7. These claims were for the value of the truck destroyed in the accident which was owned by the driver, Francisco Figueroa-Olmo and for loss of income for each of the deceased. They will be discussed in detail when the issue of the acceptance of the estate is explored.
8. The purpose behind Rule 42(a), Fed.R.Civ.P., of avoiding duplicity and inconvenience by consolidating certain type of cases was defeated by the awkward circumstances leading to consolidation in this case. The most appropriate procedural mechanism for plaintiff Milagros Contreras-Merced's situation, given her sudden disappearance from the initial complaint, would have been to request a Rule 20(a), Fed.R.Civ.P., joinder since her claim arose from the same transaction. See gen.: 7, Wright & Miller, Federal Practice and Procedure, Section 1656. A Rule 42(a), Fed.R.Civ.P., consolidation which permits the joint adjudication of common questions on law or fact was unnecessary and only served to complicate matters given the parties' artificially different positions in each of the cases and the twin filings required given the separate identity of each case. See gen.: Wright & Miller, supra, Section 2382. We attribute the delay caused by this incident to the common practice of requesting "consolidation" for every situation of similar parties, claims or defenses. The whole matter might have been avoided if plaintiffs' attorney would have informed the court of their minor dilemma. A simple motion by Contreras-Merced's new attorneys stating that they either reasserted her original pleadings or wished to modify them would have been sufficient. The fact that one is withdrawing as legal representative of a client during litigation does not justify undoing all previous filings made while one was representing that client.
9. The motion to dismiss the third-party action, however, also contained a procedural challenge to the adequacy of the third-party action to bring forth the compensation claim.
10. Westinghouse explained that it had sued all plaintiffs because it was not sure who were the legal heirs. It did not accept plaintiffs' pleadings as to who were the heirs because their pleadings as to residence proved to be erroneous. Westinghouse has requested leave to amend its counterclaim and third party complaint to eliminate those parties who it now knows are not the legal heirs.
11. Their filing of May 6, 1985, states that "no conflict of interest exist in this case, nor is there a possibility of a conflict of interests."
12. Only thirty-eight statements were filed. On the caption of their amended complaint of April 21, 1983, there are thirty-nine plaintiffs. This discrepancy must be looked into and explained.
13. In recent dicta the Supreme Court has disfavored the informed consent approach, see: In Re Carreras Rovira and Suárez Zayas, A-84-7/A-84-6, Opinion of November 7, 1984, 84 JTS 94 at p. 3764 ("In our jurisdiction the client's autonomy does not extend to the point of permitting the legal representation by an informed and voluntary consent when there exists a possibility of a conflict of interest.... Our canon 21 expressly prohibits it.") (Our translation.) See also: Sánchez Rodriguez v. López Jiménez, R-84-279, 280 opinion of March 11, 1985, 85 JTS 16 at p. 3877.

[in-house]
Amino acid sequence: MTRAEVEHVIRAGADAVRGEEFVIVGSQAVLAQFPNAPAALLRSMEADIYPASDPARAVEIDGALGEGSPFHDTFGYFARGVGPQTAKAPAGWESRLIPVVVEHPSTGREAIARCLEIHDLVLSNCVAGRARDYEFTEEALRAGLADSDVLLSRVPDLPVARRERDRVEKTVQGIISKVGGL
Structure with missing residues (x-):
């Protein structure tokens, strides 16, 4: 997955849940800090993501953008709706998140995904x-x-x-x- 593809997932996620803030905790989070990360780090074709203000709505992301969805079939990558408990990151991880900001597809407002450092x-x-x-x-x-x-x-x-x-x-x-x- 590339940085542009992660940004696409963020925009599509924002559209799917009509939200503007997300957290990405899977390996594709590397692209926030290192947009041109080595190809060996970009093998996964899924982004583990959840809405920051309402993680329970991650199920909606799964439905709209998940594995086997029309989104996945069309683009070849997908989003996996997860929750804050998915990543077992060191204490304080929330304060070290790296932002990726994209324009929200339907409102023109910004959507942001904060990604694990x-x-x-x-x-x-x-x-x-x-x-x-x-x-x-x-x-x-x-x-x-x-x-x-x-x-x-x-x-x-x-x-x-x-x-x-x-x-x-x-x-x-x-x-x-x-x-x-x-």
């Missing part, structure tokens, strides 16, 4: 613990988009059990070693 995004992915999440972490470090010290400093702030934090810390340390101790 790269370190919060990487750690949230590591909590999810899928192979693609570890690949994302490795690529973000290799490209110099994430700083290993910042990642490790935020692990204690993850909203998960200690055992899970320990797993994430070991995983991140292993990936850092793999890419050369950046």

14. Model Rule 1.7(b) states: (b) A lawyer shall not represent a client if the representation of that client may be materially limited by the lawyer's responsibilities to another client or to a third person, or by the lawyer's own interests, unless: (1) the lawyer reasonably believes the representation will not be adversely affected; and (2) the client consents after consultation. When representation of multiple clients in a single matter is undertaken, the consultation shall include explanation of the implications of the common representation and the advantages and risks involved.
15. We make no ruling on the eventual proof of these matters, we merely point them out as possibilities that should have been considered in plaintiff's evaluation of their case.
16. The injury that an actual conflict of interest in a legal representation may cause and the ensuing liabilities of the attorney to the injured clients and the latter remedies against third parties is another matter. See: Woodruff, 616 F.2d 924 (malpractice); Kagel v. First Commonwealth Company, Ins., 534 F.2d 194, 195 (9th Cir.1976) (conflicts of interest used by clients in proceeding to impugn judgment against them was rejected by the court); Intern. Sound Technicians v. Intern. Alliance, Etc., 611 F.2d 266, 269 (9th Cir.1979) (court rejected claim that settlement was void because of conflicts of interest in legal representation). Our ruling on the ethics question is not preclusive or determinative of any rights which may arise from these attorneys' conduct. See Sartain v. Sec. Exch. Comm., 601 F.2d 1366, 1375-76 (9th Cir.1979).
17. The Naveira-Rodón attorneys believe theirs is a simple tort action. However, the case involves the deaths of four persons whose forty or fifty relatives are suing for more than twenty-seven million dollars. The conflicting versions as to causation place this case far from a simple tort case. The attorneys' perception of their case concerns us for it reflects on their ability to recognize the potential conflicts of their clients.
18. Plaintiffs indicate in the caption of the amended complaint that many of them are minors. Through motion requesting permission to amend they indicate that plaintiff Maria Luisa Caban was found by the Social Security Administration to be mentally disabled and in one of their statements they indicate that Aida de Jesús being deaf-mute and illiterate signed her statement through the only person who can communicate with her.